This brief exercise demonstrates that it is sometimes valuable to understand the underlying mechanisms and explore the custom options to enhance the security of your Power Platform environments and to monitor the developers who are granted privileges. I hope this exercise encourages you to invest your time in a Power Platform environment strategy that includes the security role assignment process. I am confident that there is more to discover when we discuss using „Managed environment“ and features such as Environment groups. Until then,…

Update: As I received a lot of requests around how such custom security role could look like, please find my composed security role here.

Power Platform | Bot Authoring role

The other day, I received a request about „What happened to the Bot Author role?“. Do you recall that role from the old Power Virtual Agent days? If not, here’s a brief explanation. Previously, a Power Virtual Agent license enabled global admins to designate certain users who could use Power Virtual Agents in your tenant. System administrators for each environment could restrict who could create bots in that environment. This was done by following these steps:

  1. Create a new environment that you want users to create bots in (make sure Dataverse created)
  2. Launch Power Virtual Agents and create a bot in the environment
  3. Go to Power Platform admin portal to assign security roles
  4. Assign ‚bot author‘ role to users that you would allow creating bot in that environment

Bots and Power Virtual Agents are things of the past. Nowadays, we use Microsoft Copilot Studio to customize and build our own copilots or enhance the one for Microsoft 365, right? Therefore, no longer we need to assign users to „Bot Author“ role. Neither, we need to assign them the following license part shown in visual below, if you got Office 365 E5 licenses purchased for your tenant.

Microsoft 365 Admin Center – User assigned licenses and options for Office 365

I keep saying this because I ran a test with the user Sanjay, who is shown in the image above, to access Microsoft Copilot Studio.

Microsoft Copilot Studio – showing a prompt to start a free trial

This user expected to get access to Microsoft Copilot Studio and begin creating their own copilots, but they received a message to sign up for a free trial instead. In my test environment, I did not restrict users from signing up for free trials. However, if one of your admins has applied this restriction to your tenant, you may see a different message here.

It seems obvious that with the change to Microsoft Copilot Studio, you now need to assign the user a Microsoft Copilot Studio license instead now. Once this has been assigned to above user Sanjay in my case, this user successfully enters the Copilot Studio experience.

Microsoft Copilot Studio – first time entering after a license being assigned

As shown in the image above, the user is directed to their default environment and prompted to verify their country/region information, which is obtained from their Microsoft Entra information. After confirmation, if this user is trying to switch the environment, this is what?s shown.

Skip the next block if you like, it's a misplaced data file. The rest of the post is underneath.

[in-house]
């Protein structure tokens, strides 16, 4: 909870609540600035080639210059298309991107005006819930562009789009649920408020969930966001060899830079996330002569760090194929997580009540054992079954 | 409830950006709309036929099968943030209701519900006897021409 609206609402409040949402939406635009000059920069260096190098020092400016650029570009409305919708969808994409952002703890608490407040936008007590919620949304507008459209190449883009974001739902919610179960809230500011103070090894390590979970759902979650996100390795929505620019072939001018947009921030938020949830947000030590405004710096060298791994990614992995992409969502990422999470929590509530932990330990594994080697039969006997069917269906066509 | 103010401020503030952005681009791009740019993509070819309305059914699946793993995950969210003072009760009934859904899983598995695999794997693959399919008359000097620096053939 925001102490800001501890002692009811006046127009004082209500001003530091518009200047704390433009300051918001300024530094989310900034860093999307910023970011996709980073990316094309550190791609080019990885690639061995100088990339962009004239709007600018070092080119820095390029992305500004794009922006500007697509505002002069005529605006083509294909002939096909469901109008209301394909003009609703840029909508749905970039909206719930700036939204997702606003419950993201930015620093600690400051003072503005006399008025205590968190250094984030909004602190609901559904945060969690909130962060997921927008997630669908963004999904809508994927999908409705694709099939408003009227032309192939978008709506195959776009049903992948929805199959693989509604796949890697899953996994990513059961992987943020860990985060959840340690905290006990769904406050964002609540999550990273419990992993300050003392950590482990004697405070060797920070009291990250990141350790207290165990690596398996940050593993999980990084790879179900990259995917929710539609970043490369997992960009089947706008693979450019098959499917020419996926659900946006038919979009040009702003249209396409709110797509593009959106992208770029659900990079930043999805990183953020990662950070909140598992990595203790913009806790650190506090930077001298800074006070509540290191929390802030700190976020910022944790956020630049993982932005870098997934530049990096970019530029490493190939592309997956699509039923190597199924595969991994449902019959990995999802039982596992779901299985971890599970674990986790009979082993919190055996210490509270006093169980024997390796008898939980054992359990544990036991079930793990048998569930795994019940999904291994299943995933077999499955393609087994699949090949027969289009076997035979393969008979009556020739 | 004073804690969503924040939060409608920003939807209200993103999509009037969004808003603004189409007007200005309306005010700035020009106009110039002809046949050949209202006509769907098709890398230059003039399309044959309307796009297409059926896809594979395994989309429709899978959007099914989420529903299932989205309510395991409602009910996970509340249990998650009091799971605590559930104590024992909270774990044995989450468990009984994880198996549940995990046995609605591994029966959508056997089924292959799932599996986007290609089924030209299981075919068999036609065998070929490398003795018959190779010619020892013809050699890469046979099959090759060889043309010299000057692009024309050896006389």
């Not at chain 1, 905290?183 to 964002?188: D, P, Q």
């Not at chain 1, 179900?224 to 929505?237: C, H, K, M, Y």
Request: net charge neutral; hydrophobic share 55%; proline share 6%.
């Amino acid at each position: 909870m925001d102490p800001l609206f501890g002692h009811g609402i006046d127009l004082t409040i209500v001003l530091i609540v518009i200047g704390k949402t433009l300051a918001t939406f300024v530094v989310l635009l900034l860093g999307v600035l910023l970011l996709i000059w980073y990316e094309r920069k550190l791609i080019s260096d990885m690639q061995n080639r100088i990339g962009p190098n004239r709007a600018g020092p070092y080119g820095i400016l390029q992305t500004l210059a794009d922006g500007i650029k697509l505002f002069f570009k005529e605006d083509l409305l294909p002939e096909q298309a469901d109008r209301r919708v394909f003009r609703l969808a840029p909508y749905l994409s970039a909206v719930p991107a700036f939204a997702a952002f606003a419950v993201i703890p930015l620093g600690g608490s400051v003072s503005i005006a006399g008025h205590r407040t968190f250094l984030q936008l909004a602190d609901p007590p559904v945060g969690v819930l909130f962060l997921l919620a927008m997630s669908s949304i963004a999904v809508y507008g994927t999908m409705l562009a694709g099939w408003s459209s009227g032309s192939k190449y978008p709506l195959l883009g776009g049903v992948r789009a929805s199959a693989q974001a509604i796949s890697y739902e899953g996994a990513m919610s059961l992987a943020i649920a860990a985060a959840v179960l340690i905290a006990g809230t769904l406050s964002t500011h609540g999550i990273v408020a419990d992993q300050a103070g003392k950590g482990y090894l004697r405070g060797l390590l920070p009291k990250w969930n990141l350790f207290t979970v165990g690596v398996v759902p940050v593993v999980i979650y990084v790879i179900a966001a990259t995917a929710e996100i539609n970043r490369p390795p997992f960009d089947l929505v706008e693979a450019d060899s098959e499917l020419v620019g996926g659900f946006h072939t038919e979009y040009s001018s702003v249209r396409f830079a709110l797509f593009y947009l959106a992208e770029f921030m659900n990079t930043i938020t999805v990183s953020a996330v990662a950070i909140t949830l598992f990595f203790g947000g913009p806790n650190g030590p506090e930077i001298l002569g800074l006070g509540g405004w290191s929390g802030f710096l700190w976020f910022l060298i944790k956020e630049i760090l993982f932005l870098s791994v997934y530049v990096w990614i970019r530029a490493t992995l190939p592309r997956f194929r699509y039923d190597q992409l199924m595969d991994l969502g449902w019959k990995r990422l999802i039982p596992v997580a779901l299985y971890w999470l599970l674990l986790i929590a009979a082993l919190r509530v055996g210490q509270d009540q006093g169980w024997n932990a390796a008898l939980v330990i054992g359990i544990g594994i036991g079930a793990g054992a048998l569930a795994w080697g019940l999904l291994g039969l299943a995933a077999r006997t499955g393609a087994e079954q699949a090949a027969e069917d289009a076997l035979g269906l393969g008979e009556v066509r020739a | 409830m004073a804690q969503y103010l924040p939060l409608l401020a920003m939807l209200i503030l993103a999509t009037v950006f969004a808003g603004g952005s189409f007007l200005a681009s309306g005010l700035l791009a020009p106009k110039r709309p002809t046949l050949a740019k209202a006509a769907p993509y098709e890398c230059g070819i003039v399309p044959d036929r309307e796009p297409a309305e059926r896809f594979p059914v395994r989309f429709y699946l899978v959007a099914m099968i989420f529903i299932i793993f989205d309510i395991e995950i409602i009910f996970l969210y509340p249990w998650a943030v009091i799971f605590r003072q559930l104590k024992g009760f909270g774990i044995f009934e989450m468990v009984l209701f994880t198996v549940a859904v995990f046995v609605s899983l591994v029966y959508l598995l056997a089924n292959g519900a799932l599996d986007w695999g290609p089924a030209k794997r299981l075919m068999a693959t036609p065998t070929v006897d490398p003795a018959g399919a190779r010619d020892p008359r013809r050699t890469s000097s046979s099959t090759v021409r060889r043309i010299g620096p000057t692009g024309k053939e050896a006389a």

Microsoft Copilot Studio – Environment selector

This user only has access to the Default environment, and no other „supported environments“ are displayed for this user. This is because the user has the Environment Maker role for the Default environment, which is unavoidable. However, the user does not have this role for any other environments. You may wonder why this could be a problem?

What if you want to prevent your users in the Default environment from creating new copilots, especially those that use generative AI and other features such as Plugin actions and connectors, you can do the following:

  • If your environment is eligible for an opt-in to Generative AI features, you could opt-out for moving data across regions – though this would cause all other Power Platform Generative AI to stop working as well
  • Setup a data policy for the default environment that blocks Copilot Studio Connectors

Instead of disabling the Generative AI features for the entire Default environment, I suggest choosing the second option. You may also need to adjust some of the data policies later when you customize Copilot for Microsoft 365.

How about setting up a copilot developer experience where developers can collaborate on the design and creation process of copilots? When I followed this link, one thing caught my attention: Users in the environment need the Environment maker security role to share a bot with others.

Let?s explore this in my next episode and see why would consider least privilege a best principle, even though we should trust developers for being skilled to understand about their opportunities given. Until then,…